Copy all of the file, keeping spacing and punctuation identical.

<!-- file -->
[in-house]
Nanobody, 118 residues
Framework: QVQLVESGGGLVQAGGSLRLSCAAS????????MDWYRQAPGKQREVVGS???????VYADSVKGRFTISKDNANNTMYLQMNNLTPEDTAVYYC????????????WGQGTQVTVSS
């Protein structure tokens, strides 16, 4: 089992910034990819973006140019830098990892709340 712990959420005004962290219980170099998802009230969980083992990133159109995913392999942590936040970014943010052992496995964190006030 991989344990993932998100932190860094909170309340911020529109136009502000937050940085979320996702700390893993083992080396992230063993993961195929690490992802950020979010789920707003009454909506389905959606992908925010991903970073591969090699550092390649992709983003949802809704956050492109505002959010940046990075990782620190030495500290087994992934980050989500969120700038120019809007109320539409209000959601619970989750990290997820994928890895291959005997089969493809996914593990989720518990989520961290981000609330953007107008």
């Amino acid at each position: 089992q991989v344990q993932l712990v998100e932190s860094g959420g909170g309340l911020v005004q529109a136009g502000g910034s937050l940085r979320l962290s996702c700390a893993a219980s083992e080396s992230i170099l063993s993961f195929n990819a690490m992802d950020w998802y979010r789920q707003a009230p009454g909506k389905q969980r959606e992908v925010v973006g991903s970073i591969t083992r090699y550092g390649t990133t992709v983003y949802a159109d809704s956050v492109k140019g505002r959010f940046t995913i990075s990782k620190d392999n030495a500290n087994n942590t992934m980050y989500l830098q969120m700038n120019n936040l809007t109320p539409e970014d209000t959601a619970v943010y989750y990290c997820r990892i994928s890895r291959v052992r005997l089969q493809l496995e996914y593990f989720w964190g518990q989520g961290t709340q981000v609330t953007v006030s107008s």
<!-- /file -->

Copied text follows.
[in-house]
Nanobody, 118 residues
Framework: QVQLVESGGGLVQAGGSLRLSCAAS????????MDWYRQAPGKQREVVGS???????VYADSVKGRFTISKDNANNTMYLQMNNLTPEDTAVYYC????????????WGQGTQVTVSS
């Protein structure tokens, strides 16, 4: 089992910034990819973006140019830098990892709340 712990959420005004962290219980170099998802009230969980083992990133159109995913392999942590936040970014943010052992496995964190006030 991989344990993932998100932190860094909170309340911020529109136009502000937050940085979320996702700390893993083992080396992230063993993961195929690490992802950020979010789920707003009454909506389905959606992908925010991903970073591969090699550092390649992709983003949802809704956050492109505002959010940046990075990782620190030495500290087994992934980050989500969120700038120019809007109320539409209000959601619970989750990290997820994928890895291959005997089969493809996914593990989720518990989520961290981000609330953007107008």
């Amino acid at each position: 089992q991989v344990q993932l712990v998100e932190s860094g959420g909170g309340l911020v005004q529109a136009g502000g910034s937050l940085r979320l962290s996702c700390a893993a219980s083992e080396s992230i170099l063993s993961f195929n990819a690490m992802d950020w998802y979010r789920q707003a009230p009454g909506k389905q969980r959606e992908v925010v973006g991903s970073i591969t083992r090699y550092g390649t990133t992709v983003y949802a159109d809704s956050v492109k140019g505002r959010f940046t995913i990075s990782k620190d392999n030495a500290n087994n942590t992934m980050y989500l830098q969120m700038n120019n936040l809007t109320p539409e970014d209000t959601a619970v943010y989750y990290c997820r990892i994928s890895r291959v052992r005997l089969q493809l496995e996914y593990f989720w964190g518990q989520g961290t709340q981000v609330t953007v006030s107008s």